nation building

What is Nation Building?
So far we’ve covered:
 Indigenous Australians
 The first Non-Indigenous settlers
 Increasing Population
 Industrialisation
Think about what events have occurred since
industrialisation that have involved Australia
in a world scale, but also local
Toward Federation
As Federation approaches people had
started to see themselves as being
different to Europe and had started to
develop a unique Australian identity
 The bush became more familiar and
with artists reflecting this change in
attitude with works that showed the
Australian environment as a place of
beauty and interest
Poets such as Banjo Patterson began to
see the Australian Bush as a romantic and
special place
The growing Urban population began to seek nature
experiences: scenery, fresh air, walking , picnicking and
beach activities
Pride in the uniqueness of the Australian Environment
encouraged a growing conservation ethic
The Melbourne Amateur Walking and Touring Club was
established in 1894
The Field Naturalist Group of Victoria was formed in 1880
and served as a leader and lobbyist for environmental
preservation and conservation.
Australia’s first national park, Royal National Park near
Sydney, was declared in 1879
In Victoria Fern Tree Gully National Park was declared in
1882 and Tower Hill in 1892
Nation Building
Nation Building could be said to be an
ongoing process in Australia's non-indigenous
Periods after the first and second World Wars
involved major infrastructure developments.
Think about the returning soldiers and post
war immigration that provided a workforce to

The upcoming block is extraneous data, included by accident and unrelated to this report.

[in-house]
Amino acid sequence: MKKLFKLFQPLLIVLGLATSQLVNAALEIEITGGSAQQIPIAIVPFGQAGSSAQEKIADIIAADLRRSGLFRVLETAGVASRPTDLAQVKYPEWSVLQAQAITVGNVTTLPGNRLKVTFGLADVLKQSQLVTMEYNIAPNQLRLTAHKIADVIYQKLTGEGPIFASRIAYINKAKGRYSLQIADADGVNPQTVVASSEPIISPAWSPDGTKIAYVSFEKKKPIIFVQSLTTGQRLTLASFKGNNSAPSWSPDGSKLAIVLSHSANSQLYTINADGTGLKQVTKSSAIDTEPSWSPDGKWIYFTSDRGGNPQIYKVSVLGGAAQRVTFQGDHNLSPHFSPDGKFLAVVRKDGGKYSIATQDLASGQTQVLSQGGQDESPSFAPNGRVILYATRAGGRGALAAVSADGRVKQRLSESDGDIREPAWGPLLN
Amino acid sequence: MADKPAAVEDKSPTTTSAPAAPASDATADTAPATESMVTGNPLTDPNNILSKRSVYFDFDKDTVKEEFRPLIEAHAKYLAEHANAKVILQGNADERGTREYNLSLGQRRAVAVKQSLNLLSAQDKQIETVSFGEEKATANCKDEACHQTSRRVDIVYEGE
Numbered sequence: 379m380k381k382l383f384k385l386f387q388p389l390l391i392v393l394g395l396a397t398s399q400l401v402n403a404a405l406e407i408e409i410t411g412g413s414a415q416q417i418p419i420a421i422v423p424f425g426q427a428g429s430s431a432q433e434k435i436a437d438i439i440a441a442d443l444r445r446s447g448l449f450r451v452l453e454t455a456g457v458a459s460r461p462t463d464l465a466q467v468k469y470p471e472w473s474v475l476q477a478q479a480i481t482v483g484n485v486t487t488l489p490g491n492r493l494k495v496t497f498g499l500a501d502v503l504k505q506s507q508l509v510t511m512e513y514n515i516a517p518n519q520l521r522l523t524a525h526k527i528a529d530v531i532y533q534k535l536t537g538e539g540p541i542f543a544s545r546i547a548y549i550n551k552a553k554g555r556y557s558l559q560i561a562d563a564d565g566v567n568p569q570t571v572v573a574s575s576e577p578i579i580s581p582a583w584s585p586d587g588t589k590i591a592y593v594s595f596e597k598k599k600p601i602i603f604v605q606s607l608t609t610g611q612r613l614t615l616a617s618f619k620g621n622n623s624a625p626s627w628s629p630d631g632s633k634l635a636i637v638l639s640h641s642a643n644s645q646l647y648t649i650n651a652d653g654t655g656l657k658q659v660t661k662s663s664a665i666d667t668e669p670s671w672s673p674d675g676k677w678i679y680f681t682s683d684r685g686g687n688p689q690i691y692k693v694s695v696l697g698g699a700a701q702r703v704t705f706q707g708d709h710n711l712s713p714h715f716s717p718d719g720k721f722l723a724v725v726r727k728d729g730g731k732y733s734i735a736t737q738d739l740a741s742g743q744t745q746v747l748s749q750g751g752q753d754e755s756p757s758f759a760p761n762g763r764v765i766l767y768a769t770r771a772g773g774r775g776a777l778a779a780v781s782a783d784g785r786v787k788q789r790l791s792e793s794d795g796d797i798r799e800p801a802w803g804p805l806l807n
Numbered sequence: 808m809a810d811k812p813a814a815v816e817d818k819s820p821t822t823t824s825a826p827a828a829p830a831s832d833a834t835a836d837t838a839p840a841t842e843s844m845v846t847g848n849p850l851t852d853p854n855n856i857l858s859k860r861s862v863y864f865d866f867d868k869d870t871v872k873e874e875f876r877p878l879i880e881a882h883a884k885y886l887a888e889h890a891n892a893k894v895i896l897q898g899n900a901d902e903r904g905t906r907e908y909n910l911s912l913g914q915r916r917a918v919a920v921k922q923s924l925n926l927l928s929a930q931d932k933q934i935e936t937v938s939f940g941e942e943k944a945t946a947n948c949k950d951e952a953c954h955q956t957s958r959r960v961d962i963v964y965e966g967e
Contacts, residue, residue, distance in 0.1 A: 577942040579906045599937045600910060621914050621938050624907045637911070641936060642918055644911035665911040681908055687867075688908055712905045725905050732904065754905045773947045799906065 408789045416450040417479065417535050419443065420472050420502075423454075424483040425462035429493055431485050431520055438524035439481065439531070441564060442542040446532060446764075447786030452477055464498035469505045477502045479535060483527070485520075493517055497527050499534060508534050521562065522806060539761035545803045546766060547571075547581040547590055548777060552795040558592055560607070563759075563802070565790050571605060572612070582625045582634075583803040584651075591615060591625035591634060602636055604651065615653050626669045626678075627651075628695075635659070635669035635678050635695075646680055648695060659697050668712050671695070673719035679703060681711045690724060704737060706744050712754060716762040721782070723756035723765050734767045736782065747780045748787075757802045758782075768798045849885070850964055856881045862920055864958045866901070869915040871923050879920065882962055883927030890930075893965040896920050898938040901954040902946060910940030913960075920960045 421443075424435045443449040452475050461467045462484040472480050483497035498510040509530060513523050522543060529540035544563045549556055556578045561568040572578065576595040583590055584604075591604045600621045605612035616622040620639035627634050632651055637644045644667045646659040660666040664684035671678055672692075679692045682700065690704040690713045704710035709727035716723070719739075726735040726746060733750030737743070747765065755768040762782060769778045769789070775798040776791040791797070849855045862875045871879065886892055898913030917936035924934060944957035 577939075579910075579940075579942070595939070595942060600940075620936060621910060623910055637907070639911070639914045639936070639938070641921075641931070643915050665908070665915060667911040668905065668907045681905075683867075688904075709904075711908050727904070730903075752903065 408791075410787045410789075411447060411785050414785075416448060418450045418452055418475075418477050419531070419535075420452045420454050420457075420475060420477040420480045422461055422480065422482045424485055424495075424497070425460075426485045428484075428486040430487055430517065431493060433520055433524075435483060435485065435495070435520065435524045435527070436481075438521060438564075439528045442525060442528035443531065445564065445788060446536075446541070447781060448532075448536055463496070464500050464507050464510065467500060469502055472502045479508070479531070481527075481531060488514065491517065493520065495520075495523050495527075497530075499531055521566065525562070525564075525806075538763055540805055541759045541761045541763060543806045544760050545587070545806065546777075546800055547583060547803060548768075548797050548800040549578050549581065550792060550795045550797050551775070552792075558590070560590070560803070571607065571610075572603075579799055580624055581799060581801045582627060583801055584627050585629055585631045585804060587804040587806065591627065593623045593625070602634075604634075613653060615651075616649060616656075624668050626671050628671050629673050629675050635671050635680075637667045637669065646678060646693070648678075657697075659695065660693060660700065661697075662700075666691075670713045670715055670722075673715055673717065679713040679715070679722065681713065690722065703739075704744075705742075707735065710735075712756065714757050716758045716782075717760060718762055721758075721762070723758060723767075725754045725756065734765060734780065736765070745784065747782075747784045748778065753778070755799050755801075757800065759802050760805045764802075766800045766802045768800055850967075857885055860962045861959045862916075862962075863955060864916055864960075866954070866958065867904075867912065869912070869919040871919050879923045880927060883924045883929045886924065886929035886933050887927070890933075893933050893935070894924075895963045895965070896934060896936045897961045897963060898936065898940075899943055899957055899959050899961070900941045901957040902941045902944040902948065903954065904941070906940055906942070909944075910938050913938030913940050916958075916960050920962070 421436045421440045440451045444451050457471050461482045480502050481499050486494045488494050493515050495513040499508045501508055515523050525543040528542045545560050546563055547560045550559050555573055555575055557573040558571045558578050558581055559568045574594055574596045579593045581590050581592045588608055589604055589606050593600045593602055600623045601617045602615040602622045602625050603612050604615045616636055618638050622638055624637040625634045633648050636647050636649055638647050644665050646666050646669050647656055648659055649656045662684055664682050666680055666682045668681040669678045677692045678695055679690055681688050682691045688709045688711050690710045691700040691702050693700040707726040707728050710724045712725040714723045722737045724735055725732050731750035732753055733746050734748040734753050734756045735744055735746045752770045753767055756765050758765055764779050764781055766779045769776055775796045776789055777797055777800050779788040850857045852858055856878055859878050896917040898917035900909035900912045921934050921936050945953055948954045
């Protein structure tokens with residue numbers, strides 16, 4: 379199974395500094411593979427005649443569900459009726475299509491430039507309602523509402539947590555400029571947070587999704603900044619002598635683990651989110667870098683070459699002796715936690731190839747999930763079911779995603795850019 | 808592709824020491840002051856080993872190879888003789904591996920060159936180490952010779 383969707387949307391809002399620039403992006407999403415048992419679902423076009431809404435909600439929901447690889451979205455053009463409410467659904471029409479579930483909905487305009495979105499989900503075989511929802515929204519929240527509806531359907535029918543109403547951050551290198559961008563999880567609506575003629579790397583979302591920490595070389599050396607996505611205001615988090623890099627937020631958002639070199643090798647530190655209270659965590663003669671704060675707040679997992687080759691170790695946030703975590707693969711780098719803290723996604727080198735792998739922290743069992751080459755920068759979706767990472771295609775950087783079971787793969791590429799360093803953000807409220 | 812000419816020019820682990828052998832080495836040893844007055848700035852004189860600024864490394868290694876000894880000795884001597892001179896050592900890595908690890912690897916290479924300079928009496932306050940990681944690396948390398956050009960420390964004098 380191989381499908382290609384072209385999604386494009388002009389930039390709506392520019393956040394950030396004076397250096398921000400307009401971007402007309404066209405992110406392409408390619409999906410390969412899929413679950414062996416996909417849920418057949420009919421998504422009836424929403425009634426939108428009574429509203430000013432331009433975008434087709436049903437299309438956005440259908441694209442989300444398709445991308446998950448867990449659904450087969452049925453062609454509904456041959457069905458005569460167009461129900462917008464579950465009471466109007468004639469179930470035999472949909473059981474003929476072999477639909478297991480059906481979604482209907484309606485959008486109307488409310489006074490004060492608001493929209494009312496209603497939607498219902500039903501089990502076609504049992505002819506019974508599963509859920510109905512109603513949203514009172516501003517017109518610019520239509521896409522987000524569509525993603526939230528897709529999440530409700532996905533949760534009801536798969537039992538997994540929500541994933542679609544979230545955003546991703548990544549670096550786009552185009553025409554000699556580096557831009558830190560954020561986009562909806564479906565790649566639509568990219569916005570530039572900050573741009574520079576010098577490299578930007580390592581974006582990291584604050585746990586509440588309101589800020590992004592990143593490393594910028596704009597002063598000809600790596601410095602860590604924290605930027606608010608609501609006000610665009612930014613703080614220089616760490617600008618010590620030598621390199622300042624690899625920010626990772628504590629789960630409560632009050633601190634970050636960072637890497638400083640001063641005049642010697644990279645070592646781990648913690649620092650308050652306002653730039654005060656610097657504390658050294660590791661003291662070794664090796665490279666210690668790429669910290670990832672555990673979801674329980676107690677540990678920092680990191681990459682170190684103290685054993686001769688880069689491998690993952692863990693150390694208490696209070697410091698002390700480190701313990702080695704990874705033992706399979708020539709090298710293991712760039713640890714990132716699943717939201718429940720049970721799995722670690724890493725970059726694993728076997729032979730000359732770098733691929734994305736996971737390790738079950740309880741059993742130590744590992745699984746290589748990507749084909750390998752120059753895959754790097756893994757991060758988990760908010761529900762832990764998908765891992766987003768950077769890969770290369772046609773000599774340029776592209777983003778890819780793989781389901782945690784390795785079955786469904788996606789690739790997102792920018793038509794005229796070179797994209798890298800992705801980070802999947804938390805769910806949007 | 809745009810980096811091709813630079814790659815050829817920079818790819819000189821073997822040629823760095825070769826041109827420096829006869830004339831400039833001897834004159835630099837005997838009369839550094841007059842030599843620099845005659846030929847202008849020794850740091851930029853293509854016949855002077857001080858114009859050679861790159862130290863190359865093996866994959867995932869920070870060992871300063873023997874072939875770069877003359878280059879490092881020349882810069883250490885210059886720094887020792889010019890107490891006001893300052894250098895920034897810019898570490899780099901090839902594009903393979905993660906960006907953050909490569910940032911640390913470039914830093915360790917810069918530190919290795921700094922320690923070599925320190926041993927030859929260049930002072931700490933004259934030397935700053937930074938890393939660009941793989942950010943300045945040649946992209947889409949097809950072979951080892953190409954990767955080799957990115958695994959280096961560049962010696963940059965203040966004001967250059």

help in the construction of this infrastructure.
List these types of infrastructure:
Nation Building Infrastructure
Thomson Dam
Nation Building Infrastructure
Lake Guy – Bogong Village: Hydro Electricity Scheme
Nation Building Infrastructure
Nation Building Infrastructure
Great Ocean Road, Victoria
Nation Building Infrastructure
Nation Building Infrastructure
Westgate Bridge
Nation Building Infrastructure
Grain Farming – grew rapidly with the
increase in technology and machinery
developed during World War 2
Nation Building Infrastructure
Cotton Farming – Relied heavily upon one of
our natural resources………? In which areas
of the country…………?
Nation Building Infrastructure
Cattle grazing increased along with vineyards – enabled
Australia more independence from European countries and
increased our exports world wide. After World War 2, exports
gradually declined. Why would this be?
Nation Building Infrastructure
Nation Building Infrastructure
Nation Building Infrastructure
Wind Farms throughout
Victoria. What are the
Positive and negatives of a
wind farm?
Nation Building Infrastructure
What implications did this nation building
infrastructure have on:
Our country and resources
The people and community
Relationships with outdoor
Nation Building Infrastructure
What kind of relationships did people form
with the outdoor environment as a result of
this infrastructure?
 Positive? How?